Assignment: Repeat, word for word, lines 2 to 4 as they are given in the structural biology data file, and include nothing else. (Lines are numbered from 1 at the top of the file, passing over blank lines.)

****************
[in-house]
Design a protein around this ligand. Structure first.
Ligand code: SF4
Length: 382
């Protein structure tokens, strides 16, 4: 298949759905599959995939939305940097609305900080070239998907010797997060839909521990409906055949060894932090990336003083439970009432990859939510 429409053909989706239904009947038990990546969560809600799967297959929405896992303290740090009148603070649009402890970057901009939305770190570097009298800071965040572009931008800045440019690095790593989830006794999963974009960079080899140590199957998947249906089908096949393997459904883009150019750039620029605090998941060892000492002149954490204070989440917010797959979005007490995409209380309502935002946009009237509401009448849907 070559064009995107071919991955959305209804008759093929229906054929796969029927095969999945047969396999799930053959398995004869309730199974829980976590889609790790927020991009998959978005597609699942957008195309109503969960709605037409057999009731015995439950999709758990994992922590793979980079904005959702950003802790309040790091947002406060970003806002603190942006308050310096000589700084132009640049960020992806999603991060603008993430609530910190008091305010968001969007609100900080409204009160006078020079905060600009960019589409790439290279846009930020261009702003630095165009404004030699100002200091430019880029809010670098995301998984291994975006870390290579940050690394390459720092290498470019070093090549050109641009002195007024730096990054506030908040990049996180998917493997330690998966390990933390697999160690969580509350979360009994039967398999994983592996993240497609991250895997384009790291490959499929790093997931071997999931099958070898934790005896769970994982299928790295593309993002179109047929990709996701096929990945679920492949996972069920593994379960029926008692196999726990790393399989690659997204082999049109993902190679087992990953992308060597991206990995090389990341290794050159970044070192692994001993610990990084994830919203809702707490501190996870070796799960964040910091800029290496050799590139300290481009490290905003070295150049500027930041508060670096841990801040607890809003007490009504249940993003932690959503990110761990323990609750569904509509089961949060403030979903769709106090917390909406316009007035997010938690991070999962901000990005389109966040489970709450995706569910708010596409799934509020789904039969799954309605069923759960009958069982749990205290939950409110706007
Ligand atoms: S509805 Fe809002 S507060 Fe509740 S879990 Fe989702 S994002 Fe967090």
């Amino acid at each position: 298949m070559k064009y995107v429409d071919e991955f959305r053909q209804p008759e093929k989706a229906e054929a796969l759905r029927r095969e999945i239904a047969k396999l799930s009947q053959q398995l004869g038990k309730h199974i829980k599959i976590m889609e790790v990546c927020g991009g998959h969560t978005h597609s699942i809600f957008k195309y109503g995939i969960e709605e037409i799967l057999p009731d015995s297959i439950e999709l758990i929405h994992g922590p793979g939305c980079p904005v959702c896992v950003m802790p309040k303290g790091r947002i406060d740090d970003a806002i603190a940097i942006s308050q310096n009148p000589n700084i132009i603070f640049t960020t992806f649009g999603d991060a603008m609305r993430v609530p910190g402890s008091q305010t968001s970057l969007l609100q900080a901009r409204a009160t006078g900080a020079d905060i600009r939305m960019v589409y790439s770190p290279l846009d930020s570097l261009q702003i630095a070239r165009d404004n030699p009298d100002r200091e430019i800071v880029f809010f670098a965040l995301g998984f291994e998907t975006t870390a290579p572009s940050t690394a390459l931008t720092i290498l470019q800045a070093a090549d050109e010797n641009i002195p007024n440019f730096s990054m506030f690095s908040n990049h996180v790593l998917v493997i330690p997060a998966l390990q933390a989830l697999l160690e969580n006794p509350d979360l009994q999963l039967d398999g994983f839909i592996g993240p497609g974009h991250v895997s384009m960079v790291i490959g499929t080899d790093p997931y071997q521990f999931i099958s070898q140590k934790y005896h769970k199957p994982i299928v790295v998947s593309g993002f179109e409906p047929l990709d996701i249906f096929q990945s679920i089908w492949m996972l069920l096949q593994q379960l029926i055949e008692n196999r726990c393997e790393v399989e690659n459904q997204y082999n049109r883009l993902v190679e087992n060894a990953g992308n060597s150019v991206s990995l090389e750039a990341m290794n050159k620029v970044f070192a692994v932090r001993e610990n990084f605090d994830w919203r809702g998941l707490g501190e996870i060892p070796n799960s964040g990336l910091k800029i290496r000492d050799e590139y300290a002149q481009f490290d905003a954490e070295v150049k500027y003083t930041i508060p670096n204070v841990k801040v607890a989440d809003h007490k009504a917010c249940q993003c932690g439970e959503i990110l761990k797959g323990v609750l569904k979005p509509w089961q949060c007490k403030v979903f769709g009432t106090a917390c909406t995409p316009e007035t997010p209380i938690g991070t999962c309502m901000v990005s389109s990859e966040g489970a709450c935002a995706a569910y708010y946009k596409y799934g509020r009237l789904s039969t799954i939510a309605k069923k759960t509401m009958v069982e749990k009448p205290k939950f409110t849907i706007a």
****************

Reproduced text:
Design a protein around this ligand. Structure first.
Ligand code: SF4
Length: 382